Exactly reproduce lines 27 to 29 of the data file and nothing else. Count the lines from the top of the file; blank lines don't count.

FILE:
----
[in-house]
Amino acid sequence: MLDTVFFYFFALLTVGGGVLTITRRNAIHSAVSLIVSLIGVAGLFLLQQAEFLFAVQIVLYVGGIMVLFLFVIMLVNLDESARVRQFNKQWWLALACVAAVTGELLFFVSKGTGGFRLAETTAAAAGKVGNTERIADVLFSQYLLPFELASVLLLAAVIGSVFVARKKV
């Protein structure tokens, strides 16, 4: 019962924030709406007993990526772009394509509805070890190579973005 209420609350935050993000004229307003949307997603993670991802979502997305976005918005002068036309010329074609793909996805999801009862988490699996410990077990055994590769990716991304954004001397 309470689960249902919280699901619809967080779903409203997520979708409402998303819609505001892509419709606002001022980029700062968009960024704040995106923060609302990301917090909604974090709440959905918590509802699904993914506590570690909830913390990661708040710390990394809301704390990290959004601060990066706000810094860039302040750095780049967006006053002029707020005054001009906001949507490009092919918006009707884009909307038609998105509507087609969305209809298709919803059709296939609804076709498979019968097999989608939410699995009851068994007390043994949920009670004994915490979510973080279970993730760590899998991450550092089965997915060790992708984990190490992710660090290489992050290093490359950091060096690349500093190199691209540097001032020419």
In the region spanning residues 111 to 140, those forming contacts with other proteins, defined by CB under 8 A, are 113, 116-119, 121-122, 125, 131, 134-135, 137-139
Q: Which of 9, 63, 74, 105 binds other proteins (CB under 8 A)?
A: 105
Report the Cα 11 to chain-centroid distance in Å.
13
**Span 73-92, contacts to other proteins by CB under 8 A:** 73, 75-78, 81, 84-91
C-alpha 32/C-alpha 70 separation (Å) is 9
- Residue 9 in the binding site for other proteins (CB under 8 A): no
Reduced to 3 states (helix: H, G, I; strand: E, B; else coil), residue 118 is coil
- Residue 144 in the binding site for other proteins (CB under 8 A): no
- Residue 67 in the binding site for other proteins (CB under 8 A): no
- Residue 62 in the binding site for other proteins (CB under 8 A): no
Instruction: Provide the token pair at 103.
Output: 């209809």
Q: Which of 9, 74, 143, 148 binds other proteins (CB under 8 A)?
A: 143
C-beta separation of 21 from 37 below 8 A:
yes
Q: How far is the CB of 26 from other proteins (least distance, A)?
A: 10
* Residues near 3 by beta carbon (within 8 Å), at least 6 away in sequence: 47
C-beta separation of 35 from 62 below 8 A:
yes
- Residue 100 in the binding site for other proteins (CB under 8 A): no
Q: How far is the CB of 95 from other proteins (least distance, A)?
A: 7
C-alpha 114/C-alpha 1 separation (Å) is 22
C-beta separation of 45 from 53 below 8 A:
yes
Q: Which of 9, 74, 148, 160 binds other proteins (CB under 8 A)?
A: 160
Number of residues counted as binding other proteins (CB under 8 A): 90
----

- Residue 100 in the binding site for other proteins (CB under 8 A): no
Q: How far is the CB of 95 from other proteins (least distance, A)?
A: 7